For many of us, the impact of rising prices is all too real.
We see it every day – at the gas pump or when buying food. Here in the United States prices are rising faster than expected. The Consumer Price Index rose 8.2% through September – a 40-year high. At this week’s IMF-World Bank meeting in Washington, DC — the forecast was clear – countries accounting for a third of global economic output will shrink next year – suggesting that 2023 will feel like a recession to many around the world. Kate Fisher has a report.
- Sourabh Gupta is a resident senior fellow at the Institute for China-America Studies.
- James P. Moore is the founder and CEO of the Washington Institute for Business, Government and Society.
- Nicholas Economides is an economics professor at New York University’s Stern School of Business.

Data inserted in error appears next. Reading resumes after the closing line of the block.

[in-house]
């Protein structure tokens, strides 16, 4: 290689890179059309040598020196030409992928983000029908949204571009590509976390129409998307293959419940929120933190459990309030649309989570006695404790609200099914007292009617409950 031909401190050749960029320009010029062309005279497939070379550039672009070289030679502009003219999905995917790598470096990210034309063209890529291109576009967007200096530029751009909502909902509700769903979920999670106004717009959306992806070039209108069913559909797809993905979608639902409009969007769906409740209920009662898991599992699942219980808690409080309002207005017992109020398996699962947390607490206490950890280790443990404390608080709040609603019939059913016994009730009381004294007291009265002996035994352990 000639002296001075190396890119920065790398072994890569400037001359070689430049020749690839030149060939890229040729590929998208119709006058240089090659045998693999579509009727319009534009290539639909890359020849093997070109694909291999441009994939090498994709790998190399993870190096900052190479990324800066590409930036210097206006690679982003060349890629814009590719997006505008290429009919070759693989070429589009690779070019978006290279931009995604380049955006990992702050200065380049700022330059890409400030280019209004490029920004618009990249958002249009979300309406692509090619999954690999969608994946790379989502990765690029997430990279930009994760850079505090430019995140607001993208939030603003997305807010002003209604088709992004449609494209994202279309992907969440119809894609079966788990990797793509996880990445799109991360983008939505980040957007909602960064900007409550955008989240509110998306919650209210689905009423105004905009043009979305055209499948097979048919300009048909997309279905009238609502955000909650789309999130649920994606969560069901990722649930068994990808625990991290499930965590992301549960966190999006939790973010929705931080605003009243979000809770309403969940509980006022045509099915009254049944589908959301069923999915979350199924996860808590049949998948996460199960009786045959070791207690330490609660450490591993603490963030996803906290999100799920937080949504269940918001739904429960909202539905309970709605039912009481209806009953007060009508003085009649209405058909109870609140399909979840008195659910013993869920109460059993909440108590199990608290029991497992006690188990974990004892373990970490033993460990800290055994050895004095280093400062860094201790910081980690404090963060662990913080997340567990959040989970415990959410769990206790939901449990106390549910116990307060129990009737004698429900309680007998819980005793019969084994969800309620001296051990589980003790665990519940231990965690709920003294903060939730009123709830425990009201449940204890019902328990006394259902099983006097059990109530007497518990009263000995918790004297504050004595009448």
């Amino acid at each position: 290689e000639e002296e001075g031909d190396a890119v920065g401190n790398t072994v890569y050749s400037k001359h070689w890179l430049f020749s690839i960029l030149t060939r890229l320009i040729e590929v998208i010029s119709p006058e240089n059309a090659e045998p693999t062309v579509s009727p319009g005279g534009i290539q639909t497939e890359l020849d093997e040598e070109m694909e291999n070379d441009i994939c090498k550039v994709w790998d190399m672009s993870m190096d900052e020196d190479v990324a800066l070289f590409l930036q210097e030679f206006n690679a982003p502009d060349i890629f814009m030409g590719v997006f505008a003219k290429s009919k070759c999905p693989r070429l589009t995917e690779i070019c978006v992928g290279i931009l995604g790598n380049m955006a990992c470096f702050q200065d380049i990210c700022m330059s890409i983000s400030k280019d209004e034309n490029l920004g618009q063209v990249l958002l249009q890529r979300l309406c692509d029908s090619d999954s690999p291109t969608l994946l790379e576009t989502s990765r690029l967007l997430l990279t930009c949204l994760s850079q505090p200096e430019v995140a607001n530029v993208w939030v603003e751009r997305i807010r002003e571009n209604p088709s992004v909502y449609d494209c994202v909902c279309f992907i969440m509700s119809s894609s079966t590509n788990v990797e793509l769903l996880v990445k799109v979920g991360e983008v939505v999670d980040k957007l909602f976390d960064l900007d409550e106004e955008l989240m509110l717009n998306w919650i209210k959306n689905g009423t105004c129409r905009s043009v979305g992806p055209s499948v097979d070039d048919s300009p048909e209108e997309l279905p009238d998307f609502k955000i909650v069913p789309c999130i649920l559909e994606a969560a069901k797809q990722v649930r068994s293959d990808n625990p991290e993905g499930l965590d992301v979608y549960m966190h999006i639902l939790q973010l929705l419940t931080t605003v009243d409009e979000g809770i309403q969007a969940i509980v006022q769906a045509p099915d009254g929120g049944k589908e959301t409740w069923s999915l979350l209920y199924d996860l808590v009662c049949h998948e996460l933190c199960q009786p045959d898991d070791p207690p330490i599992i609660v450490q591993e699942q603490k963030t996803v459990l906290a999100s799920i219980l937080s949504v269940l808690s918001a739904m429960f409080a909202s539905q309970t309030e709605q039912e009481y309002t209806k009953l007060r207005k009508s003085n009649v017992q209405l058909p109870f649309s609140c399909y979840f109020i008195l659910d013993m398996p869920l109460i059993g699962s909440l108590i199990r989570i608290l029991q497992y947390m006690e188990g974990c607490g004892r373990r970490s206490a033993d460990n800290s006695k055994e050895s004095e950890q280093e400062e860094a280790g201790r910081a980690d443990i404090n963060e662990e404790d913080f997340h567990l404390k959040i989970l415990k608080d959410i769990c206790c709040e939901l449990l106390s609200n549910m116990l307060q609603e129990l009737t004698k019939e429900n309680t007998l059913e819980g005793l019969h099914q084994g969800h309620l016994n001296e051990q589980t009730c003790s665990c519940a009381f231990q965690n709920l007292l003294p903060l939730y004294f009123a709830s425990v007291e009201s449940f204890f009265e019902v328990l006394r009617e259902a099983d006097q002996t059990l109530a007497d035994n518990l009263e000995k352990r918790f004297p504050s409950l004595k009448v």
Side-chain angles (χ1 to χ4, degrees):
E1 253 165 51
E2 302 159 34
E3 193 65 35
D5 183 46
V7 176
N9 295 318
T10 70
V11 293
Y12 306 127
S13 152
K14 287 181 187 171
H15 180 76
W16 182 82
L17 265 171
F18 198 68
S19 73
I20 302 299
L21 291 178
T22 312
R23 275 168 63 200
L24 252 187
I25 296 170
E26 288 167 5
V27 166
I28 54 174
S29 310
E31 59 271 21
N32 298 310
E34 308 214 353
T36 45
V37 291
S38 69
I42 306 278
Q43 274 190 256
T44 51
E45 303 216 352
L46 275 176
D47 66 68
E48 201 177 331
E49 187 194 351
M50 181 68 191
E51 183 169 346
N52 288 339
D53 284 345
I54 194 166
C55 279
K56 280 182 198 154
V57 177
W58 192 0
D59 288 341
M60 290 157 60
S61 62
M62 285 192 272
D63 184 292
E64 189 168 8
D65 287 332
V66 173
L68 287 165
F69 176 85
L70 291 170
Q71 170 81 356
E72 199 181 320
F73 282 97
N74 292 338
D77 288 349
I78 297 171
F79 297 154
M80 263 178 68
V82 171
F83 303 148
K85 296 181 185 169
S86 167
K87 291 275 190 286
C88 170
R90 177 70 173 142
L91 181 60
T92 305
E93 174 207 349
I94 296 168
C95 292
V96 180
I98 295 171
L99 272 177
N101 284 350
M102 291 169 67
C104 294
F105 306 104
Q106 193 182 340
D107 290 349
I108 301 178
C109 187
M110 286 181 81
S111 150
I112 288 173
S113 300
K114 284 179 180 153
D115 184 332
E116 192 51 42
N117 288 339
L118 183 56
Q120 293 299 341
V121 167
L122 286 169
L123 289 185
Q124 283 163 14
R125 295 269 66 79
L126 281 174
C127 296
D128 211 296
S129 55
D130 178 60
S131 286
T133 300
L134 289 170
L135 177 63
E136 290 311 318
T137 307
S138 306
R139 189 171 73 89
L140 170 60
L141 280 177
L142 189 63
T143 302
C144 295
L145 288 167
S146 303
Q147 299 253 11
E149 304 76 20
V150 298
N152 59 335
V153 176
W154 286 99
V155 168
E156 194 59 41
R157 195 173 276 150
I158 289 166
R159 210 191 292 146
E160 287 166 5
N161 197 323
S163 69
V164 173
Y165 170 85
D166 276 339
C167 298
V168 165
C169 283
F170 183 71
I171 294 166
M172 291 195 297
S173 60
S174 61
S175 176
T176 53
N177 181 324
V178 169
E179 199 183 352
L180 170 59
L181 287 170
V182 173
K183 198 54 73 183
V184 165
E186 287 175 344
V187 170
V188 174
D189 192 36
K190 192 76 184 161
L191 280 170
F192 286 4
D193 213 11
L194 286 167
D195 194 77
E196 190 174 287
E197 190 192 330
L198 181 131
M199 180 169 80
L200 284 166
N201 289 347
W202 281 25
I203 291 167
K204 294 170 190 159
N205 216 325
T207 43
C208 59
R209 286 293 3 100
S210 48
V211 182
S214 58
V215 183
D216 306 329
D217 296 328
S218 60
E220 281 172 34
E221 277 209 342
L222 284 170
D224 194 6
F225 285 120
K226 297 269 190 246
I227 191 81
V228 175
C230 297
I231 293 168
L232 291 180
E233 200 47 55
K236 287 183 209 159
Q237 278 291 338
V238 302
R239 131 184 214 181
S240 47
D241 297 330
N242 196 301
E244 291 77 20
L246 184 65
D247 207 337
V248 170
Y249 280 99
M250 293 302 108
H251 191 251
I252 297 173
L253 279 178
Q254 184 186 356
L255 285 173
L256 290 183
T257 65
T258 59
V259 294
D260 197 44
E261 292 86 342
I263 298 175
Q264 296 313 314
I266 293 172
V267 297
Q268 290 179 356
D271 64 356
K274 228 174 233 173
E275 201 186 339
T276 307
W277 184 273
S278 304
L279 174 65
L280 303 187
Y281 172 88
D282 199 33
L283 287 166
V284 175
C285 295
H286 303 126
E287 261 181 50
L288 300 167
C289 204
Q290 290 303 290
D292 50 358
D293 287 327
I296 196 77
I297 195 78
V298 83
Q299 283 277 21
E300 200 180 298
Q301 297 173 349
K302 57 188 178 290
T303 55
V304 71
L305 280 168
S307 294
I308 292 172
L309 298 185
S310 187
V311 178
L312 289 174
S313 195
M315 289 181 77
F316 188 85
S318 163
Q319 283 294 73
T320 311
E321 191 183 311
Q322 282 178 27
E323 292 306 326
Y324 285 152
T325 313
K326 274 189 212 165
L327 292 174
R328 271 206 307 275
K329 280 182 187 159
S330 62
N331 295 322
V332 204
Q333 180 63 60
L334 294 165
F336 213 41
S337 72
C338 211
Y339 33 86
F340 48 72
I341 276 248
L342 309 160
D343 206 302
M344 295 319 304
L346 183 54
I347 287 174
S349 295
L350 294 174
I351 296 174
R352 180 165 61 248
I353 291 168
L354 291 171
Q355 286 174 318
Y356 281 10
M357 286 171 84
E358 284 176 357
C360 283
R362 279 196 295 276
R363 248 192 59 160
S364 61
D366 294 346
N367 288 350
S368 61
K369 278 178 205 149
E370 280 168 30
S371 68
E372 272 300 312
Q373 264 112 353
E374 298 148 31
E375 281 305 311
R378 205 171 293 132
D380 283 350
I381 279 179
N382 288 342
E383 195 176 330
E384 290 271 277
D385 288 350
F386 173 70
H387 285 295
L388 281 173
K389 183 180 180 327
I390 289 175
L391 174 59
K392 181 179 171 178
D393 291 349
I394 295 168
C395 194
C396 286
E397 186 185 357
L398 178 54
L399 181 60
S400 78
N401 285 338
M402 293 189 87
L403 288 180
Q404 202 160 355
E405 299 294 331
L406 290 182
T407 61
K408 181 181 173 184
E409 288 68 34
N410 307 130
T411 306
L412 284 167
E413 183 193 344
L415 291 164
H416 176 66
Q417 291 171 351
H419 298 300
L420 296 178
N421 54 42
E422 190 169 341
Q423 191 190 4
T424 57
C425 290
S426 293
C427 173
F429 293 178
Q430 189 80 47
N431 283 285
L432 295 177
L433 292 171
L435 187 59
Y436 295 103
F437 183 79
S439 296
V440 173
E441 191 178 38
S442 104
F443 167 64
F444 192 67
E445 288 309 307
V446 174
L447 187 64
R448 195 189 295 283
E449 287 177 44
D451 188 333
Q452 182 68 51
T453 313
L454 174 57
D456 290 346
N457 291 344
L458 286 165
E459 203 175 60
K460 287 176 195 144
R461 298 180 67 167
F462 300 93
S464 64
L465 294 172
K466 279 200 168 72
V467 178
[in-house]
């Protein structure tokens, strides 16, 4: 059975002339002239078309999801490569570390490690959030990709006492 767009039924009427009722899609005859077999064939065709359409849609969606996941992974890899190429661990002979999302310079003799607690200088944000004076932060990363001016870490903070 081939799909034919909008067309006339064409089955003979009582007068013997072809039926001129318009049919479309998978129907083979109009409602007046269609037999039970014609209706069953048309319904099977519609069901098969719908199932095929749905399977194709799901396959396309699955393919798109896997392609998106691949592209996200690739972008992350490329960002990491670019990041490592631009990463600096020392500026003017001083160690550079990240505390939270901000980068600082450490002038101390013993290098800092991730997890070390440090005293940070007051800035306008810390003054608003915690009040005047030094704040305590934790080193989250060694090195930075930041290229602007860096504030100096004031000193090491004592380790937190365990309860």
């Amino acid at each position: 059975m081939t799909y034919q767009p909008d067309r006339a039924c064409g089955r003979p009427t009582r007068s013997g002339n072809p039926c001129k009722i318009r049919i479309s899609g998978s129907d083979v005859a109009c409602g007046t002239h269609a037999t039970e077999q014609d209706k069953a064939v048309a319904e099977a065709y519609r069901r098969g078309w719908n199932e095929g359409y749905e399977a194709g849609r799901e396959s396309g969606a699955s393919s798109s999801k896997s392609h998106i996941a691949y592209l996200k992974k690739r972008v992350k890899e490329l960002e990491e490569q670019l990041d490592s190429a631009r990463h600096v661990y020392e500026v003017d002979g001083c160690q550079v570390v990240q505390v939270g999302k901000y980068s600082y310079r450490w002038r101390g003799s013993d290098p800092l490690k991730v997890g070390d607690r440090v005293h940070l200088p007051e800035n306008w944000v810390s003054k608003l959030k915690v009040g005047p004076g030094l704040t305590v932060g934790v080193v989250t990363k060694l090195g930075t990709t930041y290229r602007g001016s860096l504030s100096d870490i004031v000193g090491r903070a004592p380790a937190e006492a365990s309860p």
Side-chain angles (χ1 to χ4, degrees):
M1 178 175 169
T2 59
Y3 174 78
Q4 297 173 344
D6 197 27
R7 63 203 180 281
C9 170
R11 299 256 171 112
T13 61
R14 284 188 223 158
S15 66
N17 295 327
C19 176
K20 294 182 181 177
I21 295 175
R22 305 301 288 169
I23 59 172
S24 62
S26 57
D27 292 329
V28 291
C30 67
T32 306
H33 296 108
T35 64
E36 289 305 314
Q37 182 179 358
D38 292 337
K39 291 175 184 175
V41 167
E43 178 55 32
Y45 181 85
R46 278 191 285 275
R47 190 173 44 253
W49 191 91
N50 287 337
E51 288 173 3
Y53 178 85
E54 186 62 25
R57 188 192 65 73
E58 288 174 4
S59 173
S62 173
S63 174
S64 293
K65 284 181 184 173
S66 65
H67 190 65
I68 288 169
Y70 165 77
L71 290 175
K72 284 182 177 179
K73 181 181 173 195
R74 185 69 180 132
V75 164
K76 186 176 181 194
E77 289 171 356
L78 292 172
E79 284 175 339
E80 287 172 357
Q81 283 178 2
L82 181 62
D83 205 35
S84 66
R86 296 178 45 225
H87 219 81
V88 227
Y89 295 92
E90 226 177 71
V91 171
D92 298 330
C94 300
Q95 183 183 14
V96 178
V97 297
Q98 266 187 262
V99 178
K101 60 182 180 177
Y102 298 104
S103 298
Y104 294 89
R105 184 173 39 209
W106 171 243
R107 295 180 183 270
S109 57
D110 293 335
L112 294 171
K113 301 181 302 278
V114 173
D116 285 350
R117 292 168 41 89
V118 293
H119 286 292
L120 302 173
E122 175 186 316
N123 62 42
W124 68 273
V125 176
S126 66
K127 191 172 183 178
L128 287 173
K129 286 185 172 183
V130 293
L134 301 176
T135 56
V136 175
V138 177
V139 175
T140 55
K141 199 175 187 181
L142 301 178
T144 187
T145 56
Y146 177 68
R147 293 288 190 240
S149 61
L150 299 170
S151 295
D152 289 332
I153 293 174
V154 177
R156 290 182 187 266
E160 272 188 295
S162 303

- Einar Tangen is a senior fellow at the Taihe Institute in Beijing.
The International Monetary Fund is downgrading its outlook for the world economy for 2023, citing threats including Russia's war against Ukraine, chronic inflation pressures, punishing interest rates and the lingering consequences of the global pandemic. https://t.co/saN7WIAC5q
— The Associated Press (@AP) October 11, 2022
High levels of inflation will persist longer in Britain than in almost all other advanced economies, warned the International Monetary Fund (IMF), which assesses economic conditions and recommends policies for sustainable growth to its member countries https://t.co/YGonluVLXg pic.twitter.com/DUIw1aaVPZ
— Financial Times (@FinancialTimes) October 11, 2022